In the 12 edition of its “The Why? Behind The Buy” survey, Acosta Inc. found consumers are willing to spend more money and time in an effort to make healthy meals.
“With less stocking of the pantry and greater focus on cooking at home, more shoppers are prioritizing healthy, homemade meals, especially when it comes to feeding their families,” the report concluded.
An estimated 86% of U.S. shoppers reported eating dinner at home four or more days in the past week, with 37% eating dinner at home all seven days in the past week.
Grocery shoppers are making an effort to feed themselves and their families healthier foods, according to survey data, as consumers increasingly opt for natural and organic foods as well as locally sourced products.
Parents are especially thoughtful about their food choices. For example, 51% agreed with the statement: “We eat healthy foods even though they are more expensive.”
Interest in local products across a range of consumer demographics is exemplified by growth in farmers markets across the U.S. According to the USDA, the number of farmers markets has grown more than 350% from 1994 to 2014.
“A trend that sprouted in the restaurant/foodservice industry, locally sourced food has now penetrated the consumer psyche. In our survey, 74% of shoppers said they like that locally sourced products/brands are available and at least occasionally purchase them,” Acosta’s report said. “More than one-third of shoppers reported they often purchase locally sourced products/brands. Purchasing locally sourced foods also appears to be an equal-opportunity behavior with little difference in shopper’s interest across generations, household income or children in the household.”
With many Millennials having children and starting their own families, they are driving several new trends in grocery shopping.
“Parents have more mouths to feed which means a bigger food budget. But it appears today’s parents’ increase in spending may not be simply due to buying more, but also buying more natural and organic products which are often costlier. Parents are also cooking more frequently at home and taking advantage of online grocery ordering to help support their busy, mobile lifestyles.”
The survey showed 41% of parents with kids use online grocery ordering, either for delivery or pick-up at the retailer, at least once a month, compared to 29% of total U.S. shoppers.
Men, especially dads, are shopping more and having more impact on buying patterns than ever before, according to the report. “Due in part to generational differences and economic factors, more U.S. males are spending time grocery shopping. Men suffered the most job losses during the recession, and data indicates that the number of stay-at-home dads continues to grow. Couple that with millennials (and their modern perspective on hands-on parenting) now starting families of their own, and the result is dramatic shifts in the number, frequency and attitude of male grocery shoppers. These guys like to food shop.”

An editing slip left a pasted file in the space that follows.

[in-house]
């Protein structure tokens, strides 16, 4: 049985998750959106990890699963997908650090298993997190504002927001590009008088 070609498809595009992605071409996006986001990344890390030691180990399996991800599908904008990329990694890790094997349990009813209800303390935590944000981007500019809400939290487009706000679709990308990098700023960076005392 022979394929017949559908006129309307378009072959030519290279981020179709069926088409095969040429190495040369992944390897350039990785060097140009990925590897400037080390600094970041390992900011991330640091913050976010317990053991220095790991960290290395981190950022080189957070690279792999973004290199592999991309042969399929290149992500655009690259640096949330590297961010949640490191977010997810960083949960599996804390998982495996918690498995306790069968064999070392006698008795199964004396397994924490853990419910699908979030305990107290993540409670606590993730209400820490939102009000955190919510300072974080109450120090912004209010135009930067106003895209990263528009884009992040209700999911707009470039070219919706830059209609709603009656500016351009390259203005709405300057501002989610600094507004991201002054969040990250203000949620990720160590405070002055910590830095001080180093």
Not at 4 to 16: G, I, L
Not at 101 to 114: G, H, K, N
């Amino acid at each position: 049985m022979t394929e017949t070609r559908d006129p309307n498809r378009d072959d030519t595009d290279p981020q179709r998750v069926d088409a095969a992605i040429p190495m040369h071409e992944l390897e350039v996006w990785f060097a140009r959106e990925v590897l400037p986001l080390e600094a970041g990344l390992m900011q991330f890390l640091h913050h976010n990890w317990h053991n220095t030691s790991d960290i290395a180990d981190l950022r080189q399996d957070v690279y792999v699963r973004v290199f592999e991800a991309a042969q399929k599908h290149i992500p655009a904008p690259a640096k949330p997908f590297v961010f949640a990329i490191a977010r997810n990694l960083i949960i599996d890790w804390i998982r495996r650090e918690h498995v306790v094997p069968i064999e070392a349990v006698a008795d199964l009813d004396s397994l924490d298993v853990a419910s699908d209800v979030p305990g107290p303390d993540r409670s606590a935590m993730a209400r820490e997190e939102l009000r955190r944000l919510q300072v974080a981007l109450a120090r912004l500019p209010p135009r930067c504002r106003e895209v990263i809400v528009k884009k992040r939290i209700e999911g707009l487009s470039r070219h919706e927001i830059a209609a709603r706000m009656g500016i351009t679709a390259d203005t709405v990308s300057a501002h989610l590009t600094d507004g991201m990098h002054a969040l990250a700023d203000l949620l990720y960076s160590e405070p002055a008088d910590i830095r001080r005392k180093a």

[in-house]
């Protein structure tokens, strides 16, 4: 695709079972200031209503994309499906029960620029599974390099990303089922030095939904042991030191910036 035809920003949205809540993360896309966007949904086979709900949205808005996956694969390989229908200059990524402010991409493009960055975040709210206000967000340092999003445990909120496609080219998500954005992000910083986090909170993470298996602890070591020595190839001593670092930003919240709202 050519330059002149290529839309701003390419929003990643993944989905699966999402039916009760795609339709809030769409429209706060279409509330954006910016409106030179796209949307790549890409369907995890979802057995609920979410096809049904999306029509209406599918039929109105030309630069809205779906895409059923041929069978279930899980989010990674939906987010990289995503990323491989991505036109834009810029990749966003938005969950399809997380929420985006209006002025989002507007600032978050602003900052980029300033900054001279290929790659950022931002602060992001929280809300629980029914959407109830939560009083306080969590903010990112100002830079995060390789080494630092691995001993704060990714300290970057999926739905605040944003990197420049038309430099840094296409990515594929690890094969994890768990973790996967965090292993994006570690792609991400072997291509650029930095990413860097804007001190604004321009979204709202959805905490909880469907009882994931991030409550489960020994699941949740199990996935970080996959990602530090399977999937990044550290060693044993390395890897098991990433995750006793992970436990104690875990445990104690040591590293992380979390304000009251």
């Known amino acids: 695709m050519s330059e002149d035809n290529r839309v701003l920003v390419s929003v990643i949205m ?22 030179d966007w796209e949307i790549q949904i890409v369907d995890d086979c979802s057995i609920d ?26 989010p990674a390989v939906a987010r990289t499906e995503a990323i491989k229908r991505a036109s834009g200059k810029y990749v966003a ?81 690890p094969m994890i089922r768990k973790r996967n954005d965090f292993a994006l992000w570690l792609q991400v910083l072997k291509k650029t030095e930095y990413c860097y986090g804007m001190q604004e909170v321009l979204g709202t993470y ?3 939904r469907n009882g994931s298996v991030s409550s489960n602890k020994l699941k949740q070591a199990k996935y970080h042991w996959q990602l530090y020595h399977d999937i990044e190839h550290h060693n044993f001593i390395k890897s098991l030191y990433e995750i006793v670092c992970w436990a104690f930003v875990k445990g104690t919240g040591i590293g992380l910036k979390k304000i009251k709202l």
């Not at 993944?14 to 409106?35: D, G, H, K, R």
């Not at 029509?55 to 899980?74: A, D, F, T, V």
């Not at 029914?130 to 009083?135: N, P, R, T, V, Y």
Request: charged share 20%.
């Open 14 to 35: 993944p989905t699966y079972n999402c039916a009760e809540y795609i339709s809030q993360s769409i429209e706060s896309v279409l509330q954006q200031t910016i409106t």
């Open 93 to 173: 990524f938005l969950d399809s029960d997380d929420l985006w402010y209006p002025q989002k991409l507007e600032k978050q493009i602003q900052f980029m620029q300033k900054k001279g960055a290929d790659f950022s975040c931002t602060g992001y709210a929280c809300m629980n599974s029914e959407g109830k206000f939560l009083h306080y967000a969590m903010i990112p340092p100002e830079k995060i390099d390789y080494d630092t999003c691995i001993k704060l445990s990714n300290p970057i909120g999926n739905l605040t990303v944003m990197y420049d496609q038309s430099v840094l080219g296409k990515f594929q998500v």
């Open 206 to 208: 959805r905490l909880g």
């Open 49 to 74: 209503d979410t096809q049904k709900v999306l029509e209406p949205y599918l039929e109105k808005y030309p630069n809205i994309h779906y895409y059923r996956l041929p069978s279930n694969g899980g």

Millennial dads in particular, often having waited longer to get married and have children, are approaching fatherhood without the gender role norms of older generations. “These dads are proactively engaged in child rearing and taking on more household tasks, including grocery shopping,” Acosta said. “In fact, Mintel reports that 80% of millennial dads claim primary or shared grocery shopping responsibility.”
Dads typically spend more, particularly on organic products, and shop more frequently.
The bottom line is that shoppers are being more thoughtful about their food choices and opting for healthier options.
Acosta recommended appealing to shoppers’ more conscious shopping and eating behaviors. “When possible, provide information about the food journey of products—where it was grown or made, how it’s produced, etc. Make recommendations for healthy alternatives in meal preparation. Educate shoppers about local, organic, natural and other food trends.”
A new generation of parents is “hyper-aware” of the connection between diet and health, the report noted. “Help them plan nutritious meals that their kids will actually eat and they will be willing to spend a little more money at the store and more time in the kitchen.”
Lastly, the impact Millennial dads are having can’t be discounted, especially considering they spend more on food monthly than moms.
“Help dads realize value when grocery shopping and leverage digital tools to help them find the best deals. Dads are also grilling well beyond summer. Present healthy grilling meal options with exciting new flavors so they can be the hero at mealtime,” Acosta offered.